Saturn's Open-Closed Field Line Boundary: A Cassini Electron Survey at Saturn's Magnetosphere

Jamie M. Jasinski*, Christopher S. Arridge, Alexander Bader, Andrew W. Smith, Marianna Felici, Joe Kinrade, Andrew J. Coates, Geraint H. Jones, Tom A. Nordheim, Lin Gilbert, Abigail R. Azari, Sarah V. Badman, Gabrielle Provan, Nick Sergis, Neil Murphy

*Corresponding author for this work

Research output: Contribution to journalArticlepeer-review

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We investigate the average configuration and structure of Saturn's magnetosphere in the nightside equatorial and high-latitude regions. Electron data from the Cassini Plasma Spectrometer's Electron Spectrometer (CAPS-ELS) is processed to produce a signal-to-noise ratio for the entire CAPS-ELS time of operation at Saturn's magnetosphere. We investigate where the signal-to-noise ratio falls below 1 to identify regions in the magnetosphere where there is a significant depletion in the electron content. In the nightside equatorial region, we use this to find that the most planetward reconnection x-line location is at 20–25 RS downtail from the planet in the midnight to dawn sector. We also find an equatorial dawn-dusk asymmetry at a radial distance of >20 RS, which may indicate the presence of plasma-depleted flux tubes returning to the dayside after reconnection in the tail. Furthermore, we find that the high-latitude magnetosphere is predominantly in a state of constant plasma depletion and located on open field lines. We map the region of high-latitude magnetosphere that is depleted of electrons to the polar cap to estimate the size and open flux content within the polar caps. The mean open flux content for the northern and southern polar caps are found to be 25 ± 5 and 32 ± 5 GWb, respectively. The average location of the open-closed field boundary is found at invariant colatitudes of 12.7 ± 0.6° and 14.5 ± 0.6°. The northern boundary is modulated by planetary period oscillations more than the southern boundary.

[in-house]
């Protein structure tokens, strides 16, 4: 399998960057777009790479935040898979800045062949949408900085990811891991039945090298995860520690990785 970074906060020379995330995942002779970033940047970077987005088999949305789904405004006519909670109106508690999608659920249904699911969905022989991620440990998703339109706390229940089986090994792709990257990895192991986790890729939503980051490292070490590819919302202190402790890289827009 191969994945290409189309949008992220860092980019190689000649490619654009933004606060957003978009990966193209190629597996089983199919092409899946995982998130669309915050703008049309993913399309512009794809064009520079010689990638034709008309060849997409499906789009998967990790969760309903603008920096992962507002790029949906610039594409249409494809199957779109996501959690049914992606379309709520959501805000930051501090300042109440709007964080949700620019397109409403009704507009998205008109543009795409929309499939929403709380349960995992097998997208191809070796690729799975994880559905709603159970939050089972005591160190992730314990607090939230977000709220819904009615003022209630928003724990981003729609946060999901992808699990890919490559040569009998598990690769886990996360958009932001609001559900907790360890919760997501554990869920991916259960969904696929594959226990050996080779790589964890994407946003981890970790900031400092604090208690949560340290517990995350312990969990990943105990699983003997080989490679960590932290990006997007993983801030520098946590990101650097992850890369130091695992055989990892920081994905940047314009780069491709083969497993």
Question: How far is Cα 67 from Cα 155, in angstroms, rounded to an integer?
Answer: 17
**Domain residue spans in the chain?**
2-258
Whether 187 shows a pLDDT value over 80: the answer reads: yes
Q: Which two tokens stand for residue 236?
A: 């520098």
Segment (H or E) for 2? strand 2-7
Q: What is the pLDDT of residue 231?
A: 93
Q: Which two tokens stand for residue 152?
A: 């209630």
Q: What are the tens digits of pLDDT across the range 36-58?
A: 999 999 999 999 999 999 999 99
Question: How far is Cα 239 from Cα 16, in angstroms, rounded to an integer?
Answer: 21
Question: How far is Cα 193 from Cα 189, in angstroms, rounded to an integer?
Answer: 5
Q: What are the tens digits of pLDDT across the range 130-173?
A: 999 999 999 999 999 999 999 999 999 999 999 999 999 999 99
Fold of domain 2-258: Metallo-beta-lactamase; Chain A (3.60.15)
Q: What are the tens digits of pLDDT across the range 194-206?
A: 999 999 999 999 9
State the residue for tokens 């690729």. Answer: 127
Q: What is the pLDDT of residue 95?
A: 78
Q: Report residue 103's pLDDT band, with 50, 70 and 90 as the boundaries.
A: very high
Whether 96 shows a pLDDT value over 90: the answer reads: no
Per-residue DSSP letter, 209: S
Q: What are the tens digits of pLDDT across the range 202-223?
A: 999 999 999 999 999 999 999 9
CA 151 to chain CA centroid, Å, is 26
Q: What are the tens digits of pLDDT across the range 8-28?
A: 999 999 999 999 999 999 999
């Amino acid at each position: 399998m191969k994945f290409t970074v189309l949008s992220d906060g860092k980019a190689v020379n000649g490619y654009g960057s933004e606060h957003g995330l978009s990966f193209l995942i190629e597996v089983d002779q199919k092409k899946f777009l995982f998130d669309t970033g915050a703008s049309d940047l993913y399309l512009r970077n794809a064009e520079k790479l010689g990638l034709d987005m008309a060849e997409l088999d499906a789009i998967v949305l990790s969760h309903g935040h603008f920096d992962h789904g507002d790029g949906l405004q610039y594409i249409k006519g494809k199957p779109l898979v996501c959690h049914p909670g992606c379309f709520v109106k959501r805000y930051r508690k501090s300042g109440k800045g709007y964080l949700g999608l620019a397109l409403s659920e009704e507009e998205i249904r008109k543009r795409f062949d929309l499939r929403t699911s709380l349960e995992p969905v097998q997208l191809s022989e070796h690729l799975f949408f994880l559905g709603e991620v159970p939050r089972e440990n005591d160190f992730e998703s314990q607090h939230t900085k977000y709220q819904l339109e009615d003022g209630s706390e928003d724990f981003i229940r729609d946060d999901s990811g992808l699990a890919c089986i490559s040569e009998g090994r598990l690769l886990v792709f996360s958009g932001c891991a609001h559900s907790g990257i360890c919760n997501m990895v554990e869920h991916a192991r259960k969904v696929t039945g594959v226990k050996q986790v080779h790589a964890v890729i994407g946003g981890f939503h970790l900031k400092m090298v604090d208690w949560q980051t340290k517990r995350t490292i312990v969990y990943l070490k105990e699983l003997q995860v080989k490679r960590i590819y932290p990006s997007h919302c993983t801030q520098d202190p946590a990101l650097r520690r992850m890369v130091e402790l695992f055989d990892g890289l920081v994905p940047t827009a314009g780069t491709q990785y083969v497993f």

Original languageEnglish
Pages (from-to)10018-10035
Number of pages18
JournalJournal of Geophysical Research: Space Physics
Issue number12
Publication statusPublished - 1 Dec 2019
Externally publishedYes


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